Nov 24, 2017
Canberra’s pancake game is strong. Cafés and brunch spots have taken this breakfast staple way beyond boring batter: think lemon-spiked ricotta rounds, plate-sized, pumpkin-sweetened versions and pancake-baklava hybrids that shouldn’t work but definitely do. By Alex Greig and Diana Streak.
On the Kingston foreshore, Local Press prides itself on serving healthy wholefoods. You’d hardly notice, though, because the menu doesn’t scream salubrious. Rather, it makes for an intriguing read, running through anchovy bruschetta on a rye and quinoa muffin to breakfast tortillas with pork and pickled jalapeños. But zero in on the summer menu’s Savoury Pancakes. The airy pancake is made from mixed vegetables and is topped with full-on flavours in the form of chickpea and lentil relish, coconut and cashew chutney, coriander and mint, plus a poached egg. It’s full of nutrition – and yet it’s hard to feel virtuous after such a meal.
81 Eastlake Parade, Kingston; (02) 6162 1422
The Elk & Pea
A respectable menu of tried-and-true brunch standards, including a mortgage-shirking avo on toast and Huevos Rancheros (this version served with corn chips), such as that offered at Elk and Pea would be remiss not to include pancakes. And there they are, simply listed as Pancakes among the other eccentrically named dishes such as Society 1944 and BRAAAWP Wrap. The austerity of the name doesn’t translate to the plate: you’ll get a thick stack of pancakes topped with berries, sprinkled with vanilla icing sugar, drizzled with maple syrup and served with a side of bacon. Any red-blooded American would approve. Order yours à la mode (that’s American-diner speak for “with ice-cream”) – you won’t regret it.
21 Lonsdale Street, Braddon; 0436 355 732
If you’re planning to try Penny University’s Pumpkin, Walnut & Flaxseed Hotcake, bear in mind it’ll take a good 15 minutes to get to you. Why? Well, this is no flimsy crepe; we’re talking a prodigious, fluffy cake that takes up most of a dinner plate. The sweetness of the pumpkin-infused batter is tempered by creamy whipped buffalo ricotta and a spiced apple and goji berry compote. Totally worth the wait.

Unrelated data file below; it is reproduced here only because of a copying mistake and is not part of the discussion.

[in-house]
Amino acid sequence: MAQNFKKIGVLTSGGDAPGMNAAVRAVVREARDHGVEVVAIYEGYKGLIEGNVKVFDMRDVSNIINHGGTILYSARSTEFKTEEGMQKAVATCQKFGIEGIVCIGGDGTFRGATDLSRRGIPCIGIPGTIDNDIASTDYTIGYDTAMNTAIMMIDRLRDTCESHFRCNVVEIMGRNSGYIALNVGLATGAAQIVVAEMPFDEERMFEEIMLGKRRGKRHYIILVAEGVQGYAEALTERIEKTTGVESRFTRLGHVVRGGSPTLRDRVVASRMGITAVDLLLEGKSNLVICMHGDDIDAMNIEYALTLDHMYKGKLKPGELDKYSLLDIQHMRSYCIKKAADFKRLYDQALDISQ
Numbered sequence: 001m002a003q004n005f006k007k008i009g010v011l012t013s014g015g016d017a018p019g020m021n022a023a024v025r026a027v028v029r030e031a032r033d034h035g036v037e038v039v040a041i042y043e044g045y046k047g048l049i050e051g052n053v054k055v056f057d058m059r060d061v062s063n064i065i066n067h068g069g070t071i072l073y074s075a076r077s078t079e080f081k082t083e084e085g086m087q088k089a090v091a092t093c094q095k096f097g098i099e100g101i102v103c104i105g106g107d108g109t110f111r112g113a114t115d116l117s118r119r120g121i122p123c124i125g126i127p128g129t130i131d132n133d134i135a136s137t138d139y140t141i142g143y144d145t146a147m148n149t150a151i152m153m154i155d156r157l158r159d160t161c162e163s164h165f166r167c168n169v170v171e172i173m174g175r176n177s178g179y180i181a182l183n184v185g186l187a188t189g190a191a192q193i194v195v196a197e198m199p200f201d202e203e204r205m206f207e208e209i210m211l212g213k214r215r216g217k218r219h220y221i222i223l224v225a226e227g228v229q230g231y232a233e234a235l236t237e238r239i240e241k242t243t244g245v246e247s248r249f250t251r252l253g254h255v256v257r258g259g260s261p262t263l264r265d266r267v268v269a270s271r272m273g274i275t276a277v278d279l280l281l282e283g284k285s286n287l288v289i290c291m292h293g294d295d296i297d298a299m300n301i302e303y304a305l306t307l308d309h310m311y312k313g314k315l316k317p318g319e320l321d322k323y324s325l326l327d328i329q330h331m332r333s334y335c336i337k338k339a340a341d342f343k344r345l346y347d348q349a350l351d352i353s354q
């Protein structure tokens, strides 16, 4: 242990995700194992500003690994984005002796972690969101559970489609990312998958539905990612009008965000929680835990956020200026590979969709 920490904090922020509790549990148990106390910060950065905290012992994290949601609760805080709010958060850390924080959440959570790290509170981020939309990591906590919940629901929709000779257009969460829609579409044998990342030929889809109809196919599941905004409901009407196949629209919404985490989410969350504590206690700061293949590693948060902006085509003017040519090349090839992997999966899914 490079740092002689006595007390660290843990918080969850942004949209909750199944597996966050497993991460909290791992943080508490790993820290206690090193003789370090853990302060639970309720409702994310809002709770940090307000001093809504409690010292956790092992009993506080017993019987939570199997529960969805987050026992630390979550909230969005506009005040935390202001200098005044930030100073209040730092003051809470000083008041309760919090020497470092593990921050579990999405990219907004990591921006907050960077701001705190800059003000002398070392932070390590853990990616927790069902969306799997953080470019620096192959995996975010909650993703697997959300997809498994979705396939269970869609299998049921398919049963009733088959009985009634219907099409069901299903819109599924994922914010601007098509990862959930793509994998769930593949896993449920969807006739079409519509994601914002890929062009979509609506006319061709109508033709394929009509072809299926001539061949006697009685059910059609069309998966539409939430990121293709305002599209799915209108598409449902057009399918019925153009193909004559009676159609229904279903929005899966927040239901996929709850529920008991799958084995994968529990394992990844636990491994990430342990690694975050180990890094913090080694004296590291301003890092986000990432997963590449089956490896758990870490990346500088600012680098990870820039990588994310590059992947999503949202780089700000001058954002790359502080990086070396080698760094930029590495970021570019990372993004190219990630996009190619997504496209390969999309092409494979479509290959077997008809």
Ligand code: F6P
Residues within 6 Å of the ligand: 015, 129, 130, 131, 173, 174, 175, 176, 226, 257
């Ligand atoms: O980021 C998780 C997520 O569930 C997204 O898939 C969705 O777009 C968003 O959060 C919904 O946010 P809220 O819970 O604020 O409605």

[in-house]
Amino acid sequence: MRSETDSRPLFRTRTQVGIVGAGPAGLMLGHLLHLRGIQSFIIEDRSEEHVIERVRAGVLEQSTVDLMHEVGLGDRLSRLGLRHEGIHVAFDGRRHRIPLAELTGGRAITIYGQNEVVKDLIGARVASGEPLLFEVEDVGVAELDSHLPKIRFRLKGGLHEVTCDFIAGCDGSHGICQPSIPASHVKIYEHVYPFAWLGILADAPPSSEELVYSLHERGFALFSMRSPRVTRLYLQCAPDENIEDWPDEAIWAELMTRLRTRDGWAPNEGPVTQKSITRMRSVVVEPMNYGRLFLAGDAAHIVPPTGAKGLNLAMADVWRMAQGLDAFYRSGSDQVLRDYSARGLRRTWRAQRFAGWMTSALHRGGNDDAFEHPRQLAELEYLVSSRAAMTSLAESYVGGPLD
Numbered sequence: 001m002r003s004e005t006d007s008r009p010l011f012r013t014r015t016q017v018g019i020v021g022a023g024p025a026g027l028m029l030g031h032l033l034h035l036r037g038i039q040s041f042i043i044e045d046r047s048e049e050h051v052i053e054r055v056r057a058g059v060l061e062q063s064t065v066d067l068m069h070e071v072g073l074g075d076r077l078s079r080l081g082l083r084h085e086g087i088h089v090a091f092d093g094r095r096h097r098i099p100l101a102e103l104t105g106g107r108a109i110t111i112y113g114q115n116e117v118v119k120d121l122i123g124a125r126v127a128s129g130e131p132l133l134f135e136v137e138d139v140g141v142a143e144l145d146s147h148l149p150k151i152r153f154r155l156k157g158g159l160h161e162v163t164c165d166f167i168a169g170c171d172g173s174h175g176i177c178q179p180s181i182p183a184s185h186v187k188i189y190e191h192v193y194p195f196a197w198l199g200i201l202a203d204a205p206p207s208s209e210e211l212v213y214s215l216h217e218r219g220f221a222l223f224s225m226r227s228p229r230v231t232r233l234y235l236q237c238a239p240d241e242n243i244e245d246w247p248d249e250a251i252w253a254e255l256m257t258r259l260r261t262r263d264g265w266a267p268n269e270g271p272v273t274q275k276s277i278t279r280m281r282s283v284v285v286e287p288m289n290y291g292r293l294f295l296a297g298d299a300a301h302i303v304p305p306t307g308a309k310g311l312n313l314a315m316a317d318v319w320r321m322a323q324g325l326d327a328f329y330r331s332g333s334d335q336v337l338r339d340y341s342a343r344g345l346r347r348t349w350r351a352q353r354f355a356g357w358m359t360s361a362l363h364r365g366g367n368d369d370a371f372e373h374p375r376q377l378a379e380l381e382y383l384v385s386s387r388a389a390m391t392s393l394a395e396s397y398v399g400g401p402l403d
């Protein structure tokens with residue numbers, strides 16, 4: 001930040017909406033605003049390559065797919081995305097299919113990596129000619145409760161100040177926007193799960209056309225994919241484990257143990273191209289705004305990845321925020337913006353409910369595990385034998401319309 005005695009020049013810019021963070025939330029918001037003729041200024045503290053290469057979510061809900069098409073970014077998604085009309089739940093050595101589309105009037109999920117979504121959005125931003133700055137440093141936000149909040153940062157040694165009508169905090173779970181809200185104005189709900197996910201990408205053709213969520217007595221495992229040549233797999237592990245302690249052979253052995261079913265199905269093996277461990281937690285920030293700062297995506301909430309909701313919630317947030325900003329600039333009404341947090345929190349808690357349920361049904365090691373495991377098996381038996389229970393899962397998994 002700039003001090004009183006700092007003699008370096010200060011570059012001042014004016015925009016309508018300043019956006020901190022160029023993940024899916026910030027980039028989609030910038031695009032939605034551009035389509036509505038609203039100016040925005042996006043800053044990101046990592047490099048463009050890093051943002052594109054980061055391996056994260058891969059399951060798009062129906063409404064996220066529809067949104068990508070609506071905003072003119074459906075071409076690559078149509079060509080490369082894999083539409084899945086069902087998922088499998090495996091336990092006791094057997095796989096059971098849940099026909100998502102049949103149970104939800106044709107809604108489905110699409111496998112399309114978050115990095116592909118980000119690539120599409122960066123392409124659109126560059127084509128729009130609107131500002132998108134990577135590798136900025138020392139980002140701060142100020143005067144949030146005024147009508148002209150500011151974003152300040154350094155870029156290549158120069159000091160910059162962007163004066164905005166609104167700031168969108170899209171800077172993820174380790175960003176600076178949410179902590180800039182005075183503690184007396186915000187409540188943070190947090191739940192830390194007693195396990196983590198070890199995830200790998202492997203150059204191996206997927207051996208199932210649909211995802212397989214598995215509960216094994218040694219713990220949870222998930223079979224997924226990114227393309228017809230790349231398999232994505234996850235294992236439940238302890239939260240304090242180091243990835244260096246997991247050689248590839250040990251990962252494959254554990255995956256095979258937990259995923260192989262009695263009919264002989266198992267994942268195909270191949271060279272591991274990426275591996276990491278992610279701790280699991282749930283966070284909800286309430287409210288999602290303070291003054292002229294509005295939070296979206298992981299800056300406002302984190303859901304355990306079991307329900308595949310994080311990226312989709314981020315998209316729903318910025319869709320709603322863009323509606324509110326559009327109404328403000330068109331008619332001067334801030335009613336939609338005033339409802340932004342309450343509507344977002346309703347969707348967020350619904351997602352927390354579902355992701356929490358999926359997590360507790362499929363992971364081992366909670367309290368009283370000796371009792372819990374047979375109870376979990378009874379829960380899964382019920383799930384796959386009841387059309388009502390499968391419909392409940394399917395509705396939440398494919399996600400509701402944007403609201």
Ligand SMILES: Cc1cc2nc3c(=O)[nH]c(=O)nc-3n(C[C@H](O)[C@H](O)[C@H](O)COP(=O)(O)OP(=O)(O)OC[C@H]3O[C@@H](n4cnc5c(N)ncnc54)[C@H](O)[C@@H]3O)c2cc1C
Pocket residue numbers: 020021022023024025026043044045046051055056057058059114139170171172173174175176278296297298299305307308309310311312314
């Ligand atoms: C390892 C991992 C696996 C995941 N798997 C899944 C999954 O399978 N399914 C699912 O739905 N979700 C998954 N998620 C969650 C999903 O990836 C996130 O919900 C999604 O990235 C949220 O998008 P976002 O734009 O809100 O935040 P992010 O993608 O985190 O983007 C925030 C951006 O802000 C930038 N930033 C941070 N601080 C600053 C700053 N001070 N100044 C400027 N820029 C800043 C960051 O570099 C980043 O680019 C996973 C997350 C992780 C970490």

15 Kennedy Street, Kingston; (02) 6162 1500
If you’re a sweets-for-breakfast type, you’re going to have a rough time tossing up between Apple Pie Pancake and the red velvet waffle at Space Kitchen. Allow us to make the case for the former: a tender apple pancake over which boysenberry compote and vanilla bean mascarpone is dolloped. This is then sprinkled with nuts and seeds before crisp, honey-drizzled wedges of baklava pastry are arranged, tepee-like, over the lot. Finish with green apple maple syrup and, well, is there any competition?
3G/12 Furzer Street, Phillip; (02) 6281 6668
Leafy Ainslie’s recently rejigged Pulp Kitchen has young guns at the helm – and they’re not afraid to work weekend mornings. Now open for brunch on Saturdays and Sundays, the restaurant is turning out the kind of satisfying, ease-into-the-weekend dishes that put Bill Granger on the map. Case in point: Lemon & Ricotta Hotcakes. The silkily supple rounds are spiked with tangy lemon and soak up the perfect amount of sweet maple syrup. Smear each forkful with crème fraîche to induce food envy in unfortunate dining companions who opted for eggs.
1 Wakefield Gardens, Ainslie; (02) 6257 4334
Pancake-loving vegans need not despair. Canberra’s hipster magnet, the sprouting suburb of Braddon, is home to Sweet Bones, the offbeat eatery that has become a mecca for non-carnivores in search of treats. Entering its rustic rock‘n’roll interior is a bit like stumbling into a fantasy movie set – except the food is very real. Top of the pops is the Sweet Bones Short Stack (made from a soy milk and aquafaba base) served with seasonal fresh fruit, lashings of (real) maple syrup and housemade coconut whip and laced with maple-soaked cinnamon goji berries.
Shop 8, 18 Lonsdale Street, Braddon; 0413 067 890
Playful, fresh and flavourful, Coffee Lab has garnered a following among those in search of unusual dishes, sublime coffee and scrumptious all-day breakfast (good news for late-risers). The blackboard menu in this award-winning city joint changes daily but one constant is the spongy buttermilk pancakes. What does change weekly is the trimmings; homemade butterscotch or salted caramel, anyone?
Canberra Centre, 26 Narellan Place; 0419 129 957
Fox and Bow
Why is the pancake at cool Farrer café Fox and Bow called Princess Fiona? It’s one of life’s great mysteries but the answer somehow ceases to matter when you’re presented with a cushiony blueberry hotcake lashed with lemon curd and Pepe Saya mascarpone. Oh, it’s also strewn with almond brittle and burnt orange caramel.
Farrer Shops, Farrer Place, Farrer; (02) 6286 4816
Canberra’s beloved grand dame of pancakes hasn’t aged a bit in the three decades she’s been delighting students, families and late-night revellers. The downstairs rockabilly diner-style venue with its funhouse mirror and cosy leather booths is as idiosyncratic as ever. The menu is dazzling in its variety: buttermilk pancakes for desserts; slightly heavier buckwheat French-style filled with combinations like spinach and feta; and even vegan plantcrepes with a variety of sweet and savoury fillings. Toppings are rich and varied but the best by a country mile is the classic Short Stack served with whipped butter and syrup.
122 Alinga Street, Canberra; (02) 6247 2982
Top image: Fox and Bow